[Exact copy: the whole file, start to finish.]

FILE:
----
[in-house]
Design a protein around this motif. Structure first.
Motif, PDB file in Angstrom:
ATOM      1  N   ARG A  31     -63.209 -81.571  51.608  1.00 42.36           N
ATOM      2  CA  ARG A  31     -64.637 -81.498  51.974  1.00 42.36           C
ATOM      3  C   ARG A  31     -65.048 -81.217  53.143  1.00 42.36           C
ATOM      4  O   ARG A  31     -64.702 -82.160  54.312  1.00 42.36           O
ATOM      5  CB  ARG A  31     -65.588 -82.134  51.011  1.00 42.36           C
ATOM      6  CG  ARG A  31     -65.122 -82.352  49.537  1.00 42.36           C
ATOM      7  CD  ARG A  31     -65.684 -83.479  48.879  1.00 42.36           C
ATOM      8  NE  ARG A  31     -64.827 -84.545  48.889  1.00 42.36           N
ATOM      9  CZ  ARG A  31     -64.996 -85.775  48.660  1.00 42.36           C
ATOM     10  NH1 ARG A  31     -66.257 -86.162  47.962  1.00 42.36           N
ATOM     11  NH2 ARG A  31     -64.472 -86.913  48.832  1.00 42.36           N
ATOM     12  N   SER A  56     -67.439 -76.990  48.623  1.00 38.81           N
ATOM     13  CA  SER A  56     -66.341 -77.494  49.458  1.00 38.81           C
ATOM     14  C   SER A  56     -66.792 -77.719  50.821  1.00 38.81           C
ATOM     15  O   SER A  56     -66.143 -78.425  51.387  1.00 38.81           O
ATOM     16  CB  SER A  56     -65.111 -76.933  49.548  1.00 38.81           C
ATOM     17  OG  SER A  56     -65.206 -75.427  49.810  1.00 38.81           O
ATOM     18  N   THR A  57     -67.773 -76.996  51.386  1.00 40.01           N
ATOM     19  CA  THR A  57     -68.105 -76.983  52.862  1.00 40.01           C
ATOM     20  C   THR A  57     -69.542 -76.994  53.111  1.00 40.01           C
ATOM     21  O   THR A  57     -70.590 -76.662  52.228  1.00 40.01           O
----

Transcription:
[in-house]
Design a protein around this motif. Structure first.
Motif, PDB file in Angstrom:
ATOM      1  N   ARG A  31     -63.209 -81.571  51.608  1.00 42.36           N
ATOM      2  CA  ARG A  31     -64.637 -81.498  51.974  1.00 42.36           C
ATOM      3  C   ARG A  31     -65.048 -81.217  53.143  1.00 42.36           C
ATOM      4  O   ARG A  31     -64.702 -82.160  54.312  1.00 42.36           O
ATOM      5  CB  ARG A  31     -65.588 -82.134  51.011  1.00 42.36           C
ATOM      6  CG  ARG A  31     -65.122 -82.352  49.537  1.00 42.36           C
ATOM      7  CD  ARG A  31     -65.684 -83.479  48.879  1.00 42.36           C
ATOM      8  NE  ARG A  31     -64.827 -84.545  48.889  1.00 42.36           N
ATOM      9  CZ  ARG A  31     -64.996 -85.775  48.660  1.00 42.36           C
ATOM     10  NH1 ARG A  31     -66.257 -86.162  47.962  1.00 42.36           N
ATOM     11  NH2 ARG A  31     -64.472 -86.913  48.832  1.00 42.36           N
ATOM     12  N   SER A  56     -67.439 -76.990  48.623  1.00 38.81           N
ATOM     13  CA  SER A  56     -66.341 -77.494  49.458  1.00 38.81           C
ATOM     14  C   SER A  56     -66.792 -77.719  50.821  1.00 38.81           C
ATOM     15  O   SER A  56     -66.143 -78.425  51.387  1.00 38.81           O
ATOM     16  CB  SER A  56     -65.111 -76.933  49.548  1.00 38.81           C
ATOM     17  OG  SER A  56     -65.206 -75.427  49.810  1.00 38.81           O
ATOM     18  N   THR A  57     -67.773 -76.996  51.386  1.00 40.01           N
ATOM     19  CA  THR A  57     -68.105 -76.983  52.862  1.00 40.01           C
ATOM     20  C   THR A  57     -69.542 -76.994  53.111  1.00 40.01           C
ATOM     21  O   THR A  57     -70.590 -76.662  52.228  1.00 40.01           O